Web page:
St. Ignatius Noorono – (Agnimayanaya Ignathios) – Dec 20 I Theophorus I Bishop of Antioch I Apostolic Father
St. Ignatius of Antioch (Agnimayanaya Ignathios) has been well-known since earliest times. St. Ignatius was called “God-Bearer” (Theophorus). “This holy man was named the ‘God-Bearer’ because he always carried the name of the living God in his heart and on his lips. Also, by tradition, he was thus named because he was held in the arms of God incarnate, Jesus Christ. On a day when the Lord was teaching His disciples humility, He took a child and set it among them, saying: ‘Whosoever shall humble himself as this little child, the same is greatest in the Kingdom of heaven (Matt. 18: 3-4). This child was Ignatius. St. Ignatius was the third bishop of Antioch, the city where followers of Jesus were first called Christians.
Our Lord held the child in His hands to exemplify humility and purity of heart to His disciples (Matt. 18: 1-6). He also bore God in his heart and prayed unceasingly to Him. This child later became the Patriarch of Antioch and came to be known as St. Ignatius Noorono, as indicated in the writings of the Holy Church Fathers. He stirred up their love of God and their courage with his fiery words.
St. Ignatius, a disciple of St. John (and St. Peter), was later chosen to be the third Bishop of Antioch. The saint, who lived a pious life in prayer and fasting, was jailed and exiled for the sake of the true faith. St. Ignatius instituted such an order in the Church of Antioch. In a vision this Holy Father witnessed the fiery angels alternately praising God in two batches (Ignathios Agnimayan). One of the most important part of Orthodox prayers is the Trisagion. This prayer came from a revelation received by Ignatius Noorono, a disciple of St. Paul. At the time of the burial of Jesus, the seraphims (angels) came down and one group sang: Holy art thou of God (Psalm 99:5)Then another group sang:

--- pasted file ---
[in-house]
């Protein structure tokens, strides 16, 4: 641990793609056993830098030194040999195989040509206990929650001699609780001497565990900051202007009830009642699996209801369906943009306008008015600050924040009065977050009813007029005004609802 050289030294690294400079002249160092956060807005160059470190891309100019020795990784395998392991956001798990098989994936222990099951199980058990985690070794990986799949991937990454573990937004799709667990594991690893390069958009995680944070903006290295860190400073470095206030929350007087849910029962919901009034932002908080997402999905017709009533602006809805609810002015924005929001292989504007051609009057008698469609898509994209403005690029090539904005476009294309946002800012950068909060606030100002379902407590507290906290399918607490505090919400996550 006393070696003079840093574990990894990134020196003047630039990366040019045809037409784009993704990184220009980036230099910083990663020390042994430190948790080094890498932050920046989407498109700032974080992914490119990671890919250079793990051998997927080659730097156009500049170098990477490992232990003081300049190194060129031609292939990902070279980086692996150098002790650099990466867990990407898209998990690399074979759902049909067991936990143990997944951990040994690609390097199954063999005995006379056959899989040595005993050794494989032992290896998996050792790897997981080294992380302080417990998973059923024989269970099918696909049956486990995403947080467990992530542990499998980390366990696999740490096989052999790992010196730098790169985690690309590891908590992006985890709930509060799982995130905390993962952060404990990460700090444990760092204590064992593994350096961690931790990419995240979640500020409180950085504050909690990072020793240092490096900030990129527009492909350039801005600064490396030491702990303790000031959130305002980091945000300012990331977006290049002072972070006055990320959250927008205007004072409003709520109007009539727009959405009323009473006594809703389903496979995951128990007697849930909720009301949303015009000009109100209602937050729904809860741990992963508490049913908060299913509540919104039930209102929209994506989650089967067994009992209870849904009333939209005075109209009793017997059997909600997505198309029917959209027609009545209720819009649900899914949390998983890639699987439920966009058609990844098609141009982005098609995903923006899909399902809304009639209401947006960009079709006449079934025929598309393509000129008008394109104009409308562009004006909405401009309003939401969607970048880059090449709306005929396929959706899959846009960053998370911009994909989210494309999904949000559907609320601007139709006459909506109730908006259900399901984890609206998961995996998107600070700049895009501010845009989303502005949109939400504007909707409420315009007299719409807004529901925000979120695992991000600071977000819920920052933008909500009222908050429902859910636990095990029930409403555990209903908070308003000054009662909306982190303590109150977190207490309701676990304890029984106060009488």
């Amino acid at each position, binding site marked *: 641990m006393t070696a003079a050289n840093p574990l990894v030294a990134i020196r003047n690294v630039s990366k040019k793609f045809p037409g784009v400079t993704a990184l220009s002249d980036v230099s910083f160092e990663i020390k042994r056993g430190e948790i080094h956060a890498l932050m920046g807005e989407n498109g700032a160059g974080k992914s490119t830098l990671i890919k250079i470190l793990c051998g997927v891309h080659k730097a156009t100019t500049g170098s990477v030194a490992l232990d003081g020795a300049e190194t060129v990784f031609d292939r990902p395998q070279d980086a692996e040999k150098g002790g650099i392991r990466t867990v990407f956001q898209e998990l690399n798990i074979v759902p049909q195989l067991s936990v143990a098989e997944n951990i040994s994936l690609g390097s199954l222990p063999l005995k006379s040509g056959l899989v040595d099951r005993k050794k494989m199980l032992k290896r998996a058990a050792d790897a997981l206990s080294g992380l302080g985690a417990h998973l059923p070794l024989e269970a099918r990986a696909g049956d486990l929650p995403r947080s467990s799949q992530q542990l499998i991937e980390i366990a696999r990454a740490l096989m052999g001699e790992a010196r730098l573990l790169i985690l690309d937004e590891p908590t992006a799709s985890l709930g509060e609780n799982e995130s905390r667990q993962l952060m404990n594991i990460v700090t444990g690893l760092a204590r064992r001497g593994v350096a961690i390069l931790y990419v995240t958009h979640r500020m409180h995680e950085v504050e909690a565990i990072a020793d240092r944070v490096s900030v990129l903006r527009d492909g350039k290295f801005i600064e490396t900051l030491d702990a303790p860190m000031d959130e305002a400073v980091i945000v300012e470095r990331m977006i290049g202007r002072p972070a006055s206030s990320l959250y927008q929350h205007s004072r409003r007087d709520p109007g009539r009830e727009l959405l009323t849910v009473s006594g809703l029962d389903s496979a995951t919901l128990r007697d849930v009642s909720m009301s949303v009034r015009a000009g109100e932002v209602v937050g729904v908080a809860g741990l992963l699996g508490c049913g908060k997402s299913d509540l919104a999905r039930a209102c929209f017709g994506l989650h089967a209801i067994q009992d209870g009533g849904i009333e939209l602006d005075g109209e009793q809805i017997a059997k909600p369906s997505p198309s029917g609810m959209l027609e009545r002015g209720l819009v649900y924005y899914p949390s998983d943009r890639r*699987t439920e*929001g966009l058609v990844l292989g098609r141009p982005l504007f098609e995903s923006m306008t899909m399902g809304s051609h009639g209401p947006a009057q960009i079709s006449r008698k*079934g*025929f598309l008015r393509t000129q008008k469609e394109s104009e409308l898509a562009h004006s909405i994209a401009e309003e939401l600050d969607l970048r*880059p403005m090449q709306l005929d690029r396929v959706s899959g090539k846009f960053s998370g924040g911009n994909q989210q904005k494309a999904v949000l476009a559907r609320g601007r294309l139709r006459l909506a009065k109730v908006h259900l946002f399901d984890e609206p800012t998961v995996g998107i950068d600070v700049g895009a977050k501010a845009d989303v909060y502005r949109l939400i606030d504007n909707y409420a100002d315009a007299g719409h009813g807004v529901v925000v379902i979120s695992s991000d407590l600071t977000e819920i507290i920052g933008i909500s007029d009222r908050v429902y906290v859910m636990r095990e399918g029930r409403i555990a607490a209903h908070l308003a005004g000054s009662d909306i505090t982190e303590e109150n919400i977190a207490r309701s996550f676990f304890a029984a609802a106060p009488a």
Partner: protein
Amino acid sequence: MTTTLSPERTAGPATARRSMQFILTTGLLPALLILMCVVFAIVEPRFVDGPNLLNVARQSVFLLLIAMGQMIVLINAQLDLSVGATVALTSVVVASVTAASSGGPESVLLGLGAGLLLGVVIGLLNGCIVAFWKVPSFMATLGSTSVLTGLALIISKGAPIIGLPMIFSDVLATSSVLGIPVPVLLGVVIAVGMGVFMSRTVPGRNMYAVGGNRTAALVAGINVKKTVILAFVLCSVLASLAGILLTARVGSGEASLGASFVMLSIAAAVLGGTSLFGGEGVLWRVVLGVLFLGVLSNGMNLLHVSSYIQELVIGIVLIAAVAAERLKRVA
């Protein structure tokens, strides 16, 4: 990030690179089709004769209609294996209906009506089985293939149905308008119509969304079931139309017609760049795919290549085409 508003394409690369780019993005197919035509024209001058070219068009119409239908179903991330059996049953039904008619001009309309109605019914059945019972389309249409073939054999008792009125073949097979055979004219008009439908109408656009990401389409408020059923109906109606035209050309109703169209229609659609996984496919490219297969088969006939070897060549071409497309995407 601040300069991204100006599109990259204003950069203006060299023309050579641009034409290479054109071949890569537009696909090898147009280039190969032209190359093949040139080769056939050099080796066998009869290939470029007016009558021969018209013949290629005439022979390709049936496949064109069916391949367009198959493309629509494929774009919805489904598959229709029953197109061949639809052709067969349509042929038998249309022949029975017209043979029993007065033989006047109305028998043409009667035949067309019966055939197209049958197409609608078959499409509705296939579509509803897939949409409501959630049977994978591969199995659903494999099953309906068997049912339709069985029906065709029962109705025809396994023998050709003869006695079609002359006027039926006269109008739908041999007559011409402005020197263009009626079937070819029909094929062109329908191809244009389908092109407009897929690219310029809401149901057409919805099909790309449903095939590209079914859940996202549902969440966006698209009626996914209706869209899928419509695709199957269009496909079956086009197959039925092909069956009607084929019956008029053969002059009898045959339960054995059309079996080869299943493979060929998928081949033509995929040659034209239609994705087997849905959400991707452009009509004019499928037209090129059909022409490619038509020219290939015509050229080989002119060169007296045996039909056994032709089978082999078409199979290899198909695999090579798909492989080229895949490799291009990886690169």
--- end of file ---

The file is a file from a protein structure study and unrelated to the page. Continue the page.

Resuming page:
Holy art thou Almighty and then another group sang: Holy art thou, immortal (Rev. 1: 18). Then Joseph of Arimathea, Nicodemus and the other believers (the then Church) sang: (Mark 15: 43) Thou that has crucified for us, have mercy on us. This also shows that angels and men form One Church, a single choir, because Christ is of both heaven and earth.
Jesus was the centre of thinking and core of St. Ignatius life, as he met Christ, continuously at the Eucharistic meal. Through tasting, touching and interacting, the holy mysteries unveiled the glorious mystery of Christ. He took fire from the spirit, Who is present in the Eucharist. Ignatius also stresses the value of the Eucharist, calling it “a medicine to immortality and an antidote against death.” In the Eucharist, we discover a unique medicine, that contains the physician Himself. We receive this grace and, like prophets, become Instruments of God. Our main means of receiving this Grace is through the Eucharist, which St. Ignatius calls the medicine of immortality and defines as the real presence of Christ. While the other sacraments convey and empower the Physician’s healing power, the Eucharist is “the flesh of our savior Jesus Christ, which suffered for our sins and which the Father by his goodness raised up” (Letter to the Smyrnaeans 6.2). In the Eucharist, Christ is both Physician and Medicine.